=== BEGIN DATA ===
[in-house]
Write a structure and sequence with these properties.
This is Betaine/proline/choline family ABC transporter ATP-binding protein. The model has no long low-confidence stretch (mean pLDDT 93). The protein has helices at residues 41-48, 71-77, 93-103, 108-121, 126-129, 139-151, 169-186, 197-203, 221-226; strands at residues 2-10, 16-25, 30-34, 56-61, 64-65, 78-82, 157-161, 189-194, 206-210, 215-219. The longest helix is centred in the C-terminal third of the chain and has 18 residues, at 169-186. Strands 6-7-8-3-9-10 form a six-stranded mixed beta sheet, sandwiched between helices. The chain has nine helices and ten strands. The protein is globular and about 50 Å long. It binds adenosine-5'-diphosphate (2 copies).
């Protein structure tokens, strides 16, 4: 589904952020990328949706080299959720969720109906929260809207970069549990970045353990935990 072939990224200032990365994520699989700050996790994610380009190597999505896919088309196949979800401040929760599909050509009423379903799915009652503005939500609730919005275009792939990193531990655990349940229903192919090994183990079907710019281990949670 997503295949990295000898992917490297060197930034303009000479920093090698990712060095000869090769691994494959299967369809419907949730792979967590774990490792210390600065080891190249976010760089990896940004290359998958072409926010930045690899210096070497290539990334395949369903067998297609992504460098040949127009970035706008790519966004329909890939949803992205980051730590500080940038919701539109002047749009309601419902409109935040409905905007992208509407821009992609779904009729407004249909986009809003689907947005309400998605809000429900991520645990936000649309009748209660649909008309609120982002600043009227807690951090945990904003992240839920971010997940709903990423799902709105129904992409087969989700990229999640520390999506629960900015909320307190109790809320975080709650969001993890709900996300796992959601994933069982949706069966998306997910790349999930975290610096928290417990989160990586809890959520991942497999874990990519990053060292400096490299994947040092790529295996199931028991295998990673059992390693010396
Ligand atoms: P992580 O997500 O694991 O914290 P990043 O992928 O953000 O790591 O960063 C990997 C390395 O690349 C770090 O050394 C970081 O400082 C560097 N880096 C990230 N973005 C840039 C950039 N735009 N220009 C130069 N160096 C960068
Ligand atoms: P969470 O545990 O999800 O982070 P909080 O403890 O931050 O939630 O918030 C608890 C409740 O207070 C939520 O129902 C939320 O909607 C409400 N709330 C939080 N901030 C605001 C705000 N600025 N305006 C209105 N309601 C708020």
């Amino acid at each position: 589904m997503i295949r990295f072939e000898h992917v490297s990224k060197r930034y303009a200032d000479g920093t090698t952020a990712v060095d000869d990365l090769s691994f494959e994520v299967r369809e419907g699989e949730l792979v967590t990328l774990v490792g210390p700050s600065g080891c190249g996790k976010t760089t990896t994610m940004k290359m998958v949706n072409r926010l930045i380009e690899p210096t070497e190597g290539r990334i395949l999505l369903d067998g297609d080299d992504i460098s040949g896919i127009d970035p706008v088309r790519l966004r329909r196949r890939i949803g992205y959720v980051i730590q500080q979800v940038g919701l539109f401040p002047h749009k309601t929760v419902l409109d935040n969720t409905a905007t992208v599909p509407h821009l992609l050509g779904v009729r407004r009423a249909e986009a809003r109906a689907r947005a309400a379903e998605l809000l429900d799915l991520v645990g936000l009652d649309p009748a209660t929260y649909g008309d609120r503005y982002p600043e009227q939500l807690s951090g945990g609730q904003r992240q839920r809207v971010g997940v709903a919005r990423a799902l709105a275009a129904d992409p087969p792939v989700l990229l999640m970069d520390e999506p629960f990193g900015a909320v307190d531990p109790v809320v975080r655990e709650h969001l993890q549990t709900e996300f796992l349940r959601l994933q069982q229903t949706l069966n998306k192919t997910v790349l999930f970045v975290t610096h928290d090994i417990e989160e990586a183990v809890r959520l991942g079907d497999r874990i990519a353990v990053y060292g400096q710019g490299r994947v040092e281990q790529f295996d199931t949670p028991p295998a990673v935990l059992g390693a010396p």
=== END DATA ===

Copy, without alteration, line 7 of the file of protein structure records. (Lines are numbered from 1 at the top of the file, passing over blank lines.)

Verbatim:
């Amino acid at each position: 589904m997503i295949r990295f072939e000898h992917v490297s990224k060197r930034y303009a200032d000479g920093t090698t952020a990712v060095d000869d990365l090769s691994f494959e994520v299967r369809e419907g699989e949730l792979v967590t990328l774990v490792g210390p700050s600065g080891c190249g996790k976010t760089t990896t994610m940004k290359m998958v949706n072409r926010l930045i380009e690899p210096t070497e190597g290539r990334i395949l999505l369903d067998g297609d080299d992504i460098s040949g896919i127009d970035p706008v088309r790519l966004r329909r196949r890939i949803g992205y959720v980051i730590q500080q979800v940038g919701l539109f401040p002047h749009k309601t929760v419902l409109d935040n969720t409905a905007t992208v599909p509407h821009l992609l050509g779904v009729r407004r009423a249909e986009a809003r109906a689907r947005a309400a379903e998605l809000l429900d799915l991520v645990g936000l009652d649309p009748a209660t929260y649909g008309d609120r503005y982002p600043e009227q939500l807690s951090g945990g609730q904003r992240q839920r809207v971010g997940v709903a919005r990423a799902l709105a275009a129904d992409p087969p792939v989700l990229l999640m970069d520390e999506p629960f990193g900015a909320v307190d531990p109790v809320v975080r655990e709650h969001l993890q549990t709900e996300f796992l349940r959601l994933q069982q229903t949706l069966n998306k192919t997910v790349l999930f970045v975290t610096h928290d090994i417990e989160e990586a183990v809890r959520l991942g079907d497999r874990i990519a353990v990053y060292g400096q710019g490299r994947v040092e281990q790529f295996d199931t949670p028991p295998a990673v935990l059992g390693a010396p």